The Barents Sea is a marginal sea of the Arctic Ocean, located off the northern coasts of Norway and Russia and divided between Norwegian and Russian territorial waters. Known among Russians in the Middle Ages as the Murman Sea ("Norse Sea"), the current name of the sea is after the historical Dutch navigator Willem Barentsz.
This is a rather shallow shelf sea, with an average depth of 230 metres (750 ft), and it is an important site for both fishing and hydrocarbon exploration. The Barents Sea is bordered by the Kola Peninsula to the south, the shelf edge towards the Norwegian Sea to the west, and the archipelagos of Svalbard to the northwest, Franz Josef Land to the northeast and Novaya Zemlya to the east. The islands of Novaya Zemlya, an extension of the northern end of the Ural Mountains, separate the Barents Sea from the Kara Sea.
Although part of the Arctic Ocean, the Barents Sea has been characterised as "turning into the Atlantic" or in process of being "Atlantified" because of its status as "the Arctic warming hot spot." Hydrologic changes due to global warming have led to a reduction in sea ice and in stratification of the water column, which could produce major changes in weather in Eurasia. One prediction is that as the Barents Sea's permanent ice-free area grows additional evaporation will increase winter snowfalls in much of continental Europe.
Due to the North Atlantic drift, the Barents Sea has a high biological production compared to other oceans of similar latitude. The spring bloom of phytoplankton can start quite early near the ice edge, because the fresh water from the melting ice makes up a stable water layer on top of the sea water. The phytoplankton bloom feeds zooplankton such as Calanus finmarchicus, Calanus glacialis, Calanus hyperboreus, Oithona spp., and krill. The zooplankton feeders include young cod, capelin, polar cod, whales, and little auk. The capelin is a key food for top predators such as the north-east Arctic cod, harp seals, and seabirds such as common guillemot and Brunnich's guillemot. The fisheries of the Barents Sea, in particular the cod fisheries, are of great importance for both Norway and Russia.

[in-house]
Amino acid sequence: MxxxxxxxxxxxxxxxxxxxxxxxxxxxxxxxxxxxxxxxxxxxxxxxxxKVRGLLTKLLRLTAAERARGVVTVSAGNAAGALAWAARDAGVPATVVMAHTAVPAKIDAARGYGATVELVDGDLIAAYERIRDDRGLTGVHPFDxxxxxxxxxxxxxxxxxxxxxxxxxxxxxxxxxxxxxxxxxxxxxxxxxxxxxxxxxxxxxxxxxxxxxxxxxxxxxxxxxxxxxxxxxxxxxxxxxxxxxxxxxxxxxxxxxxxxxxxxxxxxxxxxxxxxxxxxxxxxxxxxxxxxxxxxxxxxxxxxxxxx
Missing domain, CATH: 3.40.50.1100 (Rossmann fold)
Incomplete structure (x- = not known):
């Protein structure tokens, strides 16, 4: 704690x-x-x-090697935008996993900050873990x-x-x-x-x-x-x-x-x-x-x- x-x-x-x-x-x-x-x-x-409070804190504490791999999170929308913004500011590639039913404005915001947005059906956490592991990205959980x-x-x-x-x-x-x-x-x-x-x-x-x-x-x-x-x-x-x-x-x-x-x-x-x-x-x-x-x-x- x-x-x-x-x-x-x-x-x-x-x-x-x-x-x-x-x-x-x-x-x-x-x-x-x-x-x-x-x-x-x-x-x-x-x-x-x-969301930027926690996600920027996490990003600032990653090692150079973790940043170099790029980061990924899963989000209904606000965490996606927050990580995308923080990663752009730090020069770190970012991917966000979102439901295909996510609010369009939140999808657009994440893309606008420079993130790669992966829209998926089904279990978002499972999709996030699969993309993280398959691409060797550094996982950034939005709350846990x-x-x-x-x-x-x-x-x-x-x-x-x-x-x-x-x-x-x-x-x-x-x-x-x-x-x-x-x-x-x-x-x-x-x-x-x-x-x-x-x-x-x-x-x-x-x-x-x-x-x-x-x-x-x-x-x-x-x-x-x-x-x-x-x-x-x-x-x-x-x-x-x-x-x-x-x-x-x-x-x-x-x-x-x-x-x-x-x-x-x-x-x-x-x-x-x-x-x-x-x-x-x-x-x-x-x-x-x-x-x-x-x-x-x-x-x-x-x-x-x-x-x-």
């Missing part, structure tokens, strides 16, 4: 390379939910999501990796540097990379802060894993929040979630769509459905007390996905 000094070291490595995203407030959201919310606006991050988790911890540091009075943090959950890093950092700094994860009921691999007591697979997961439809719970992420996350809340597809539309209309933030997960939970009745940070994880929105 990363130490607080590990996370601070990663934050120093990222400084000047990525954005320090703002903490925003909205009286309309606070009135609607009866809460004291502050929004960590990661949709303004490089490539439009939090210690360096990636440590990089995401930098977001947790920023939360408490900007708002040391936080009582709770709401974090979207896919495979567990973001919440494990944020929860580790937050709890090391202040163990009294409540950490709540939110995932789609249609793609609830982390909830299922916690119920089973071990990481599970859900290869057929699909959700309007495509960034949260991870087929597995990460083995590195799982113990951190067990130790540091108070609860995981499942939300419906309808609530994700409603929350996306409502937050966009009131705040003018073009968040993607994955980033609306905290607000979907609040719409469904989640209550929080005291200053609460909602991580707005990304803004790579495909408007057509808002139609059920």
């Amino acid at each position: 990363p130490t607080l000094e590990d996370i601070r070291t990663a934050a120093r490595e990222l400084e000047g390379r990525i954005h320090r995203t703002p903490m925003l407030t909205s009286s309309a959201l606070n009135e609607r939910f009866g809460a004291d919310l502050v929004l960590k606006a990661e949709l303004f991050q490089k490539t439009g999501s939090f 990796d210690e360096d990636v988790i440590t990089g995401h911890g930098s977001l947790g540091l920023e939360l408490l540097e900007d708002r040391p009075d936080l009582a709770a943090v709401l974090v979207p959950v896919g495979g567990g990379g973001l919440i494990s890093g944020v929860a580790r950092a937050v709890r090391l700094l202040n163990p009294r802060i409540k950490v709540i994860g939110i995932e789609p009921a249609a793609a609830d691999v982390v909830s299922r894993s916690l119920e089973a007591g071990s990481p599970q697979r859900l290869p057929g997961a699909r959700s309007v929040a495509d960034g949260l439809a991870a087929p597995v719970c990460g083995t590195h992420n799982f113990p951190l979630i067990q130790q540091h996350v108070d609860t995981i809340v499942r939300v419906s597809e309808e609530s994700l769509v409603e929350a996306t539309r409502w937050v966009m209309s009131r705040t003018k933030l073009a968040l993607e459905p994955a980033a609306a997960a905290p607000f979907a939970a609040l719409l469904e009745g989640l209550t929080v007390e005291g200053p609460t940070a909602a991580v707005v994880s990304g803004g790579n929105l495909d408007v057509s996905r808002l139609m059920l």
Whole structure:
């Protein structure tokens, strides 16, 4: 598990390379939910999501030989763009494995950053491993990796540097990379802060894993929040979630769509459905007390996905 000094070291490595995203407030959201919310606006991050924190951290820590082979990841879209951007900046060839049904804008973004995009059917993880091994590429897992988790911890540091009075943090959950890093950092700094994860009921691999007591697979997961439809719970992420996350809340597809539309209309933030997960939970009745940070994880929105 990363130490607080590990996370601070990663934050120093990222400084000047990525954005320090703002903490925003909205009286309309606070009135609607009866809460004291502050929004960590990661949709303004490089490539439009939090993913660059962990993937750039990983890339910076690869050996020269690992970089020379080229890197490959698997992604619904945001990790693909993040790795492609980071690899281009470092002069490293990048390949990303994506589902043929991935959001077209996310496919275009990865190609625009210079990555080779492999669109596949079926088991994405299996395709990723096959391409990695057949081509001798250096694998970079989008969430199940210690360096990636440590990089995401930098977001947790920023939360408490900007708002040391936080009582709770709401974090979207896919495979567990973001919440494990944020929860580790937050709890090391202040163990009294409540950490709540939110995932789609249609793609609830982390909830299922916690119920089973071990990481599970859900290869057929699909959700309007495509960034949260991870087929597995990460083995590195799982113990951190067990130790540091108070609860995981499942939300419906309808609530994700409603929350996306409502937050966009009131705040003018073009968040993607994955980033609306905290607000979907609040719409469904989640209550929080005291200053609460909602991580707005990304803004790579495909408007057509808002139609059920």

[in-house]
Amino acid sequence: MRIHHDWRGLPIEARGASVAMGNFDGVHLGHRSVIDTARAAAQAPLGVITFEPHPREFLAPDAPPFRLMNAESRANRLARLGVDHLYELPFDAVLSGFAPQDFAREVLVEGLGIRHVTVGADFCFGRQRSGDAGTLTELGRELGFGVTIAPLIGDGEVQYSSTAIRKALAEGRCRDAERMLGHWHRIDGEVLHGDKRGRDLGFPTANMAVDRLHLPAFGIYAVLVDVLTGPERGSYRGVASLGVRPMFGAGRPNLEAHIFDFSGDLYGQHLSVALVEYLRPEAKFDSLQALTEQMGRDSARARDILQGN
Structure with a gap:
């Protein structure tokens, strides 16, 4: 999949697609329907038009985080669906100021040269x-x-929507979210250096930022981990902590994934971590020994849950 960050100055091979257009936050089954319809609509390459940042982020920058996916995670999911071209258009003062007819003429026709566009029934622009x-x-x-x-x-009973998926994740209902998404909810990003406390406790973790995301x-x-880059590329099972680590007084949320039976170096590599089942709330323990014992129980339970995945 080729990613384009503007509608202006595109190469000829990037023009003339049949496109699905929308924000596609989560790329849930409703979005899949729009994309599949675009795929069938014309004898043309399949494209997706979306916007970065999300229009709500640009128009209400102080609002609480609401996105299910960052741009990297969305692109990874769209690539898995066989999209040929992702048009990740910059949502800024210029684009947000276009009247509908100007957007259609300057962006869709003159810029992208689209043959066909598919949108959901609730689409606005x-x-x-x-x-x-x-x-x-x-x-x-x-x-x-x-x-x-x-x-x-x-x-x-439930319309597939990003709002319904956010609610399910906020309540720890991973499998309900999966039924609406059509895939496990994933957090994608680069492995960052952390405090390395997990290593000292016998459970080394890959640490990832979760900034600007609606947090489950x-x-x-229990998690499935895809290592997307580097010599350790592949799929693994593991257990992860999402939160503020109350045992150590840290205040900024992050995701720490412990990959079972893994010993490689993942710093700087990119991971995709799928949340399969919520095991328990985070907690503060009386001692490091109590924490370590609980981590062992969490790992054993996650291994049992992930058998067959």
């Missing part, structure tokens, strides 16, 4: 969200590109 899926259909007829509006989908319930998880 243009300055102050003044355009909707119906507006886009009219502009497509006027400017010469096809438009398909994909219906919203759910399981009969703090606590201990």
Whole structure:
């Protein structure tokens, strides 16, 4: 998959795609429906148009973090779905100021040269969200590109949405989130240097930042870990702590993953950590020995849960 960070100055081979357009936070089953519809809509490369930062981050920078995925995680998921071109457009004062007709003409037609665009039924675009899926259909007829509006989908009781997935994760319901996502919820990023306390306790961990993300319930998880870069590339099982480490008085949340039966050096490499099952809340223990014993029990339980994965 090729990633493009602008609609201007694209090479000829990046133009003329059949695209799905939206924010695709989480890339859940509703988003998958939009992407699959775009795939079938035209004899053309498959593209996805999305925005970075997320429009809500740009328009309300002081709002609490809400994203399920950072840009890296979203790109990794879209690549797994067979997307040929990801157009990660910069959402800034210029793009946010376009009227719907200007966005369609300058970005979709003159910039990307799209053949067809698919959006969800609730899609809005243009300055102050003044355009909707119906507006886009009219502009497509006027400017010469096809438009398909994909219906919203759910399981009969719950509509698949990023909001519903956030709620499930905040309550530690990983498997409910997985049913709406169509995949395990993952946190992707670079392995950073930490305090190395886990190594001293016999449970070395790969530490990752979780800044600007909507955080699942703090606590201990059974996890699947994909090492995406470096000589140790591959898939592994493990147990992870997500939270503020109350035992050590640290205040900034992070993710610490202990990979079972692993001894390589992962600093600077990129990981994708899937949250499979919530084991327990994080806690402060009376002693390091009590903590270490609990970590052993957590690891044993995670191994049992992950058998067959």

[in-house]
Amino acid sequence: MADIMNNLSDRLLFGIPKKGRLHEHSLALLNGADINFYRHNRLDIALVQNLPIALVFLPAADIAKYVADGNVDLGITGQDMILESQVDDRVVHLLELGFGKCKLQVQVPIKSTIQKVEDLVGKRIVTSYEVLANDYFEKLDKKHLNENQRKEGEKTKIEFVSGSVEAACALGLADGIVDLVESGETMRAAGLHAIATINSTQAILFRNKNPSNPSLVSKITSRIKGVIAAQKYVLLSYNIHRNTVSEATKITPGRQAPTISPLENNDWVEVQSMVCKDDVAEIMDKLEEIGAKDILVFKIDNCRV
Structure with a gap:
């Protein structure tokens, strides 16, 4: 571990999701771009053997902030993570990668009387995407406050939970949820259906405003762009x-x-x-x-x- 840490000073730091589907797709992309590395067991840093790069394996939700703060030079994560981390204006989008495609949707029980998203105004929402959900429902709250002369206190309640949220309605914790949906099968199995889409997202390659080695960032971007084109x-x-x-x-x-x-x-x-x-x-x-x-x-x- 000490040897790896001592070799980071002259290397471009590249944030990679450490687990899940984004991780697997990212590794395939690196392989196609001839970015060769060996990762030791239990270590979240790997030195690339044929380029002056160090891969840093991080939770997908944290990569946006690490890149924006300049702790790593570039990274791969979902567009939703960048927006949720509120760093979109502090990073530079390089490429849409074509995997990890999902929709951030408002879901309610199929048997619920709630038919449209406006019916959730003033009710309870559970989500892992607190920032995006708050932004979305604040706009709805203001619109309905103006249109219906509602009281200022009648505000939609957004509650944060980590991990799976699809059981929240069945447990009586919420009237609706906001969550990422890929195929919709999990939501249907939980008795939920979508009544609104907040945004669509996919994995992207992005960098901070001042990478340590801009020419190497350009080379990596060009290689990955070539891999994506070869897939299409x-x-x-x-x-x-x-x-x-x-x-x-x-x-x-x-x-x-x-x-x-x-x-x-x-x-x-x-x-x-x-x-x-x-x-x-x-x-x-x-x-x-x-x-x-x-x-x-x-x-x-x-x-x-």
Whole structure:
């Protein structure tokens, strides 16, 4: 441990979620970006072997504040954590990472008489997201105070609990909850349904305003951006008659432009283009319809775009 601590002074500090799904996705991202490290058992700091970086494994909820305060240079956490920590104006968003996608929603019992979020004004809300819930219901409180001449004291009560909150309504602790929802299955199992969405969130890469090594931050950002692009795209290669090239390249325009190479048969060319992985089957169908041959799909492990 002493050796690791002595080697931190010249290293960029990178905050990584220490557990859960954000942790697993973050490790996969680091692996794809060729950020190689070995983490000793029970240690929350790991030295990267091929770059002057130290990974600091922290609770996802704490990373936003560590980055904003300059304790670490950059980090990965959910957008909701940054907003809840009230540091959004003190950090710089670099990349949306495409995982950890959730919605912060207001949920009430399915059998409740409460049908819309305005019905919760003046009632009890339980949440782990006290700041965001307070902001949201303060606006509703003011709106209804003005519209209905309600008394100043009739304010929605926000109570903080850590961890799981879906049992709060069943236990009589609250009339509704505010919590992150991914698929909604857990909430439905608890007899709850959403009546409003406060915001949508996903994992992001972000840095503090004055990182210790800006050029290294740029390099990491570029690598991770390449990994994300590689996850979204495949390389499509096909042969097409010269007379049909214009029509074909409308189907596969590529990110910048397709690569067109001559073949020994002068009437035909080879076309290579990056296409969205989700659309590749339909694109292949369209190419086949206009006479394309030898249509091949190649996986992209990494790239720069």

SIZEX-89 was an international winter experiment in 1989 for which the main objectives were to perform sensor signature studies of different ice types in order to develop SAR algorithms for ice variables, such as ice types, ice concentrations and ice kinematics.Although previous research suggested that predation by whales may be the cause of depleting fish stocks, more recent research suggests that marine mammal consumption has only a trivial influence on fisheries. A model assessing the effects of fisheries and climate was far more accurate at describing trends in fish abundance. There is a genetically distinct polar bear population associated with the Barents Sea.